This paper presents the methods and preliminary findings from IMPALA, a database that systematically measures the character and stringency of immigration policies. Based on a selection of data for six pilot countries between 1990 and 2008, we document the variation of immigration policies across countries and over time. We focus on three specific dimensions: the number of entry tracks for economic workers; the measurement and role of bilateral agreements that complement unilateral immigration policies; and aggregation procedures that allow for gauging the stringency of immigration regulations comparatively. [less ▲]

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See detailThe determinants of International Mobility of Students
Ragot, Lionel; Noel, Romain; Beine, Michel UL

in Economics of Education Review (2014), 41(C), 40-54

This paper analyzes the determinants of the choice of location of international students. Building on the documented trends in international migration of students, we identify the various factors ... [more ▼]

This paper analyzes the determinants of the choice of location of international students. Building on the documented trends in international migration of students, we identify the various factors associated to the attraction of migrants as well as the costs of moving abroad. Using new data capturing the number of students from a large set of origin countries studying in a set of 13 OECD countries, we assess the importance of the various factors identified in the theory. We find support for a significant network effect in the migration of students, a result so far undocumented in the literature. We also find a significant role for cost factors such as housing prices and for attractiveness variables such as the reported quality of universities. In contrast, we do not find an important role for registration fees. [less ▲]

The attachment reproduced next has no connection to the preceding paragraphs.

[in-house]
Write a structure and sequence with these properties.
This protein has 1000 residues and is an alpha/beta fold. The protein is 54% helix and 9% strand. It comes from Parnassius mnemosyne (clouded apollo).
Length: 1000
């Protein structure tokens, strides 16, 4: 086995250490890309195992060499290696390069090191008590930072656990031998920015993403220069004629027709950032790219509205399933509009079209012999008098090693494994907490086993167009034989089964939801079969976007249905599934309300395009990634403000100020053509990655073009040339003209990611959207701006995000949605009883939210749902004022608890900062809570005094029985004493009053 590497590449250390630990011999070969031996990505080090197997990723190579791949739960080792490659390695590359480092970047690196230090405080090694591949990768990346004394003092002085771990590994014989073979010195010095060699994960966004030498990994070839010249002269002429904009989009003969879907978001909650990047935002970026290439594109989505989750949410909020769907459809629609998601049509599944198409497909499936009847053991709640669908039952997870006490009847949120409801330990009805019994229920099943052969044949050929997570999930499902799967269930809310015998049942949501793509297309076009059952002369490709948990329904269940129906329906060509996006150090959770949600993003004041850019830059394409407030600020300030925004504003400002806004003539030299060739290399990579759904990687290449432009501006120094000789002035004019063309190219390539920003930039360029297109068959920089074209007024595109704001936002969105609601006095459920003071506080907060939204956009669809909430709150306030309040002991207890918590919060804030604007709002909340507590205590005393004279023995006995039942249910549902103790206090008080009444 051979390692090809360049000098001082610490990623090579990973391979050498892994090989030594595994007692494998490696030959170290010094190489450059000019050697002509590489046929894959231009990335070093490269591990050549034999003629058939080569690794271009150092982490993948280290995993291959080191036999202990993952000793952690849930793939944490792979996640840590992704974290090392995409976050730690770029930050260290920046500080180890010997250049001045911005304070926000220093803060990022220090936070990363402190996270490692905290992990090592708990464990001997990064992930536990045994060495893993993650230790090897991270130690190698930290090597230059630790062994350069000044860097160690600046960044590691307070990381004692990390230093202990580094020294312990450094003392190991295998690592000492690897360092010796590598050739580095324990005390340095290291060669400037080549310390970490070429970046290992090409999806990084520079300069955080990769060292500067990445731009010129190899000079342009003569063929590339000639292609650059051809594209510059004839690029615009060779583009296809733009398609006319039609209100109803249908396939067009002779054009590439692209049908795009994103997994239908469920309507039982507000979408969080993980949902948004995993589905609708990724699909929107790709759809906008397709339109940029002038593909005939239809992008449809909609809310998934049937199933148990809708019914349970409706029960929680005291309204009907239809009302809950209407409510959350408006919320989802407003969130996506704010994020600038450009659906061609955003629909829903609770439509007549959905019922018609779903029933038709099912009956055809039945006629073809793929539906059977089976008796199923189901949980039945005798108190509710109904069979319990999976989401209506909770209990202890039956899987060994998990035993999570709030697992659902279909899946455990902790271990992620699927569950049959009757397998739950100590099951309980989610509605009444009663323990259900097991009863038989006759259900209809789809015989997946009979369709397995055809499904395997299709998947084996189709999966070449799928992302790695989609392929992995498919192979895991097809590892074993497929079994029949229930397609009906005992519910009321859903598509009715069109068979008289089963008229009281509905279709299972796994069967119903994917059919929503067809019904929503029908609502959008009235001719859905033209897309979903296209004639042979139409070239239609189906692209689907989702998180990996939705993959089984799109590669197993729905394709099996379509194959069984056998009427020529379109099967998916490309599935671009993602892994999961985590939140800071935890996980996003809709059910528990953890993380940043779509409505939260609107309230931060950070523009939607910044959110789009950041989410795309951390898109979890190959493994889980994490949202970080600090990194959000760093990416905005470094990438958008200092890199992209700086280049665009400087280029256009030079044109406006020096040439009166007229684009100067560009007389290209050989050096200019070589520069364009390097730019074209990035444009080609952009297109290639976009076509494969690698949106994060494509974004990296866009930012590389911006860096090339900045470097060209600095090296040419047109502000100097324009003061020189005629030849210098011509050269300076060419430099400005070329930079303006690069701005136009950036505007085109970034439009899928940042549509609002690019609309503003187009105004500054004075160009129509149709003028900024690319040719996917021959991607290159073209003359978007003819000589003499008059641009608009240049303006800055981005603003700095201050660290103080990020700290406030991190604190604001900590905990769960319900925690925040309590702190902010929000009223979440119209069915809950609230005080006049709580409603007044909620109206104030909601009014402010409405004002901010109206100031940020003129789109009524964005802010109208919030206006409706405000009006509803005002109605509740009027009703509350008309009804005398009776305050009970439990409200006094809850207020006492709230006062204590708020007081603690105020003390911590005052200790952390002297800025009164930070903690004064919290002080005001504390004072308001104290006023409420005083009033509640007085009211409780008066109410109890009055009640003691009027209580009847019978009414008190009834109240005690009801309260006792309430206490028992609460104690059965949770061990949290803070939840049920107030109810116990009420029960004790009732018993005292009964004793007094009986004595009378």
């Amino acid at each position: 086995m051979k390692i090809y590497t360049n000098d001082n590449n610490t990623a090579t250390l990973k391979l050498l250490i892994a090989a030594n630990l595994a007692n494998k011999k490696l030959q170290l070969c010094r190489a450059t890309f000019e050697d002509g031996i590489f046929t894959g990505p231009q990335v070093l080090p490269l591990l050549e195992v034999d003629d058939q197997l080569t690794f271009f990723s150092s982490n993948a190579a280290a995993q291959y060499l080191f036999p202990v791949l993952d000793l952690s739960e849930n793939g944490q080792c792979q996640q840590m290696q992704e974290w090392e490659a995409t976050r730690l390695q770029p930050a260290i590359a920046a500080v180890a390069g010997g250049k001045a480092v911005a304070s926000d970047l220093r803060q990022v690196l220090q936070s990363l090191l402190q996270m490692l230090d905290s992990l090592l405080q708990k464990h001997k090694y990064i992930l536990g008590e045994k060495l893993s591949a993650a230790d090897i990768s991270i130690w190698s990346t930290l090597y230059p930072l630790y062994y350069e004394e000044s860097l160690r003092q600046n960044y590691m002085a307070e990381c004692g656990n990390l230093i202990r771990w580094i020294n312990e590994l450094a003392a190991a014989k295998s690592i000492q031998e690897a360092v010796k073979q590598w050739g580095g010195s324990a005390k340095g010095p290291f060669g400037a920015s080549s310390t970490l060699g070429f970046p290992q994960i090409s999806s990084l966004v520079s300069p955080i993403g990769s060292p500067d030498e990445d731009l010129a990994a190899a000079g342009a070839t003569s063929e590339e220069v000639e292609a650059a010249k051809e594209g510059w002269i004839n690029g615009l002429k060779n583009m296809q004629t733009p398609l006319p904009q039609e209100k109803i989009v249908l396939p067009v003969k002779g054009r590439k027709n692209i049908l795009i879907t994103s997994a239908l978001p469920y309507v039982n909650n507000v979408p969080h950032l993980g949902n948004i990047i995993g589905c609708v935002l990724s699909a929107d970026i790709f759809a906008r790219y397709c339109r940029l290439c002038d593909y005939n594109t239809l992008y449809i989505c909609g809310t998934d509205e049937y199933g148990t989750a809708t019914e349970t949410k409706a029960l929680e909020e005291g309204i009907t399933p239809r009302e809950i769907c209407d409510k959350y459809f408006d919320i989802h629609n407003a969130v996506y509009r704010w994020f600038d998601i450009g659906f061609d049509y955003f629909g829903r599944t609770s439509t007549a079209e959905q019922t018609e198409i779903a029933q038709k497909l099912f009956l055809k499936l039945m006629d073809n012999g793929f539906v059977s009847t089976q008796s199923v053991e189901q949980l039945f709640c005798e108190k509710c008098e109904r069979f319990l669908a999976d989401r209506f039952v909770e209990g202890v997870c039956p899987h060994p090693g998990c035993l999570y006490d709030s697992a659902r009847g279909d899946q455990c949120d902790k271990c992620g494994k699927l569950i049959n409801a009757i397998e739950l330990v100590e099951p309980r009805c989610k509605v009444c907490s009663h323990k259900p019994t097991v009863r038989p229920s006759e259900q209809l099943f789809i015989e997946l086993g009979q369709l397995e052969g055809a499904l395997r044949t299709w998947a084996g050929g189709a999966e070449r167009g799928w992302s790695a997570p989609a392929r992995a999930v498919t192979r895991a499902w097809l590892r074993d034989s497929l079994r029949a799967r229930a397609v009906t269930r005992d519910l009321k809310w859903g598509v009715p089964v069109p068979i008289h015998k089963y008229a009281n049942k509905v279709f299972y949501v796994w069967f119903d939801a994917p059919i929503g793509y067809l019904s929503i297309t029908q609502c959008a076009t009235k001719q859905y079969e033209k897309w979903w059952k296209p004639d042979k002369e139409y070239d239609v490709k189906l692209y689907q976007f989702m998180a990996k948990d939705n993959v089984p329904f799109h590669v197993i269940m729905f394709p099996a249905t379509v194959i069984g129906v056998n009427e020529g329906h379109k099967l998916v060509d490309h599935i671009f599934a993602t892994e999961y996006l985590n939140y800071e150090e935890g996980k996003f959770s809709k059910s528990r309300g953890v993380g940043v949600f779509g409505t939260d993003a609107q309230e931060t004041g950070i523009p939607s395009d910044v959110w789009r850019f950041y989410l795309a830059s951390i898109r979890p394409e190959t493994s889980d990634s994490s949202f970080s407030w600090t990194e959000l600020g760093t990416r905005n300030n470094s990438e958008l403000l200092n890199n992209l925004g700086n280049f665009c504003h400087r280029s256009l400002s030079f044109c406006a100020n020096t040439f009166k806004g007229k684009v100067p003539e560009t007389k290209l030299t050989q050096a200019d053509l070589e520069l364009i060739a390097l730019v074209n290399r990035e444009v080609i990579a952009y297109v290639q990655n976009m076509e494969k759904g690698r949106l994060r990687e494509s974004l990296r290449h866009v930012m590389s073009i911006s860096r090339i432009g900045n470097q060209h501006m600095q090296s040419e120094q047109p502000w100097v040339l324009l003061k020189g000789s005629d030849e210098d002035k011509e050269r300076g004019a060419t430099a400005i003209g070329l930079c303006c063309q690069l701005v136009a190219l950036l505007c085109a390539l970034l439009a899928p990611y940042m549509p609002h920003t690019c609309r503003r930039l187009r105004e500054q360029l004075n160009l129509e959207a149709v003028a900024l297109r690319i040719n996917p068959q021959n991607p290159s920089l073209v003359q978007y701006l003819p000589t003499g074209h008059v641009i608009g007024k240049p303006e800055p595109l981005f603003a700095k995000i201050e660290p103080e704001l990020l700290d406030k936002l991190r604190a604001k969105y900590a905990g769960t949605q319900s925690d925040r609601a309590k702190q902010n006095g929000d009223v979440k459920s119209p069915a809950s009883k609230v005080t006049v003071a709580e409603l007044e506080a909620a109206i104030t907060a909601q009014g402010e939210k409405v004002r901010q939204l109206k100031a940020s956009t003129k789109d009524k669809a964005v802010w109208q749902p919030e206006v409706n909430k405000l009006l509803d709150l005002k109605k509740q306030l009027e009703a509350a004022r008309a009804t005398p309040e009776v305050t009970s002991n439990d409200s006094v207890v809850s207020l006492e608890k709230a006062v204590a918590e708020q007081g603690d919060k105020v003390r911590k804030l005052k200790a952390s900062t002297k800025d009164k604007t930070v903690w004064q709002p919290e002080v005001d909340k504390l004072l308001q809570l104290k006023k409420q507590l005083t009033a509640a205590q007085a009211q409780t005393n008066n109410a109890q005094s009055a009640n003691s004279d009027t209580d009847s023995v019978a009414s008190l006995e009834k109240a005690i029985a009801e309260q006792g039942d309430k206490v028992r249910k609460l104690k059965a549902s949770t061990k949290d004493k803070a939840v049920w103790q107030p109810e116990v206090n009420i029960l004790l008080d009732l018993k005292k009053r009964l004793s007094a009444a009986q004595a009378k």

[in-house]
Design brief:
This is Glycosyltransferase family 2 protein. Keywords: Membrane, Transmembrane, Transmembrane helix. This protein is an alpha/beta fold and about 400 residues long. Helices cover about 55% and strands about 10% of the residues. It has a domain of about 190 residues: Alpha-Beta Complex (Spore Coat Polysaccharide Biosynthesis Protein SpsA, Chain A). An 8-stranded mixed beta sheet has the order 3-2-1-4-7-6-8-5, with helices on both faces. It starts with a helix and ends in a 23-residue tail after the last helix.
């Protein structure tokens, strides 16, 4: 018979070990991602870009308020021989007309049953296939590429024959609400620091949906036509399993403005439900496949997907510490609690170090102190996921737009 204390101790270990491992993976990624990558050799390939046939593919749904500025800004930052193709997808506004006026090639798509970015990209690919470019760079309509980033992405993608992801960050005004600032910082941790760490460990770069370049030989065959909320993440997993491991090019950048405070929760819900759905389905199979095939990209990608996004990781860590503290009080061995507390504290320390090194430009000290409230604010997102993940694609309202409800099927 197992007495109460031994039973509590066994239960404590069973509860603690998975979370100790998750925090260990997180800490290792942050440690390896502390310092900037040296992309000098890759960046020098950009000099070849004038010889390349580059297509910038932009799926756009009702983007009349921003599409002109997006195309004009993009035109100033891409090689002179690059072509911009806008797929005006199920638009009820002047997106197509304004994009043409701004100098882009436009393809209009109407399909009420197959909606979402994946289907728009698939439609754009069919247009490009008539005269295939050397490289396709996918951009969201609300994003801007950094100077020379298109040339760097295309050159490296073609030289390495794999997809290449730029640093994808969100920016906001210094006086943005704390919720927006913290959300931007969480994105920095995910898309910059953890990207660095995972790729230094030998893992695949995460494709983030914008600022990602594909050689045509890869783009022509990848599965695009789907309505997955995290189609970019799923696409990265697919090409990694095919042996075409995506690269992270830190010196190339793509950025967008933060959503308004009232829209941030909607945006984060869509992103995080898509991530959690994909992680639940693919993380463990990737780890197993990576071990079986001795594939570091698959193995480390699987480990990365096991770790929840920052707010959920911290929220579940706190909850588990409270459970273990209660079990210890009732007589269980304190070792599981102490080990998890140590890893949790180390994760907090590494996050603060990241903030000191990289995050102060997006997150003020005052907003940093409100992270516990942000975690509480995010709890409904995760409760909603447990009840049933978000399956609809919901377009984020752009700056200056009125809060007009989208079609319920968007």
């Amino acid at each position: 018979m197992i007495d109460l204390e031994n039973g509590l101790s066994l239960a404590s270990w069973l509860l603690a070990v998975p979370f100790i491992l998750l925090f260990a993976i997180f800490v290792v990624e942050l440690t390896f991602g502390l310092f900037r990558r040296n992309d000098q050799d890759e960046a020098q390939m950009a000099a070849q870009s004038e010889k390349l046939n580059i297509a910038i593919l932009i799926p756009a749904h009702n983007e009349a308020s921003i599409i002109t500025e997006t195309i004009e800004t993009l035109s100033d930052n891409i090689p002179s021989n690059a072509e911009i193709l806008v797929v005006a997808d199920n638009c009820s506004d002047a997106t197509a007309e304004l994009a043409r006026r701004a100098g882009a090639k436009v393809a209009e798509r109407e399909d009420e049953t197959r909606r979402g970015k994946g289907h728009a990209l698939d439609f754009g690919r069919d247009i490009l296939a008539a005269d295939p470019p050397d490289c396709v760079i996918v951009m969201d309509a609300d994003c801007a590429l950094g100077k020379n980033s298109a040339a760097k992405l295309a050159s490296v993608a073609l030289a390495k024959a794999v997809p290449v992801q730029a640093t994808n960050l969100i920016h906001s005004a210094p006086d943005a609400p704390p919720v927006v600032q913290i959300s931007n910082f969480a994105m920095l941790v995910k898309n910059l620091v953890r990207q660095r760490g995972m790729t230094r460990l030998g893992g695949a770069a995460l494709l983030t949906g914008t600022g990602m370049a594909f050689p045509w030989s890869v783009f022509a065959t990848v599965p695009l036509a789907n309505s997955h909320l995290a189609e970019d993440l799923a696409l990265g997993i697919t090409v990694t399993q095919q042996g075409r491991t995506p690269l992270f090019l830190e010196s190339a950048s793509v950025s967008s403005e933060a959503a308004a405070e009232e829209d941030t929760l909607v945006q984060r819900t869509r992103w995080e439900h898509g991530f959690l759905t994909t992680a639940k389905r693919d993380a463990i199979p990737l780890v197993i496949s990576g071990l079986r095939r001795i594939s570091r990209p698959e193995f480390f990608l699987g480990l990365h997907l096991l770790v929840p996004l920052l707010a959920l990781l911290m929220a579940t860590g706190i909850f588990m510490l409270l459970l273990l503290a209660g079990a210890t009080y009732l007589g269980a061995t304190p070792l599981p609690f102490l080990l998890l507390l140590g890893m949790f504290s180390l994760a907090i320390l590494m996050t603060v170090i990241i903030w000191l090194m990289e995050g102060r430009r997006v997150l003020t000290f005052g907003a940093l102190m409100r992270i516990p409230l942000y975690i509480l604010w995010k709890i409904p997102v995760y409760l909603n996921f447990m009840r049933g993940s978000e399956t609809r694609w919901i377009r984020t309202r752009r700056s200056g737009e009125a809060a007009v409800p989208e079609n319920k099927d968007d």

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See detailTHE NETWORK EFFECT IN International Migration
Beine, Michel UL

Report (2013)

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See detailSkilled migration and the transfer of institutional norms
Beine, Michel UL; Sekkat, Khalid

in IZA : Journal of Migration (2013), 2(9), 2-19

We examine two impacts of international emigration on the evolution of the institutions in the origin countries. The first impact concerns the influence of emigration per se (i.e. people who left the ... [more ▼]

We examine two impacts of international emigration on the evolution of the institutions in the origin countries. The first impact concerns the influence of emigration per se (i.e. people who left the country can voice more or less from abroad). The second impact relates to the transfer of the norms of the host country to the home country. The existence of both impacts is confirmed using different indicators of institutional quality. The effects appear stronger when skilled emigration is considered. The main conclusions are robust to alternative econometric methods and to the use of subsamples involving developing countries only. [less ▲]

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See detailNetwork Effect in International Migration: Does Education Matter More than Gender?
Beine, Michel UL; Salomone, Sara

in Scandinavian Journal of Economics (2013), 115(2), 354-380

In this paper, we analyze the impact that networks have on the structure of international migration flows. In particular, we investigate whether diaspora externalities are different across education ... [more ▼]

In this paper, we analyze the impact that networks have on the structure of international migration flows. In particular, we investigate whether diaspora externalities are different across education levels and gender. Using new data that include both dimensions, we analyze the respective impact that networks have on the proportion of each category of migrant. Therefore, in contrast to the preceding body of literature on the macro determinants of international migration, we can identify the factors that influence the selection in terms of skills and in terms of gender. We find that network effects vary by education level, but not by gender. [less ▲]

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See detailInternational migration, transfer of norms and home country fertility
Beine, Michel UL; Docquier, Frédéric; Schiff, Maurice

in Canadian Journal of Economics (2013), 46(4), 1406-1430

This paper examines the relationship between international migration and source country fertility. The impact of international migration on source country fertility may have a number of causes, including ... [more ▼]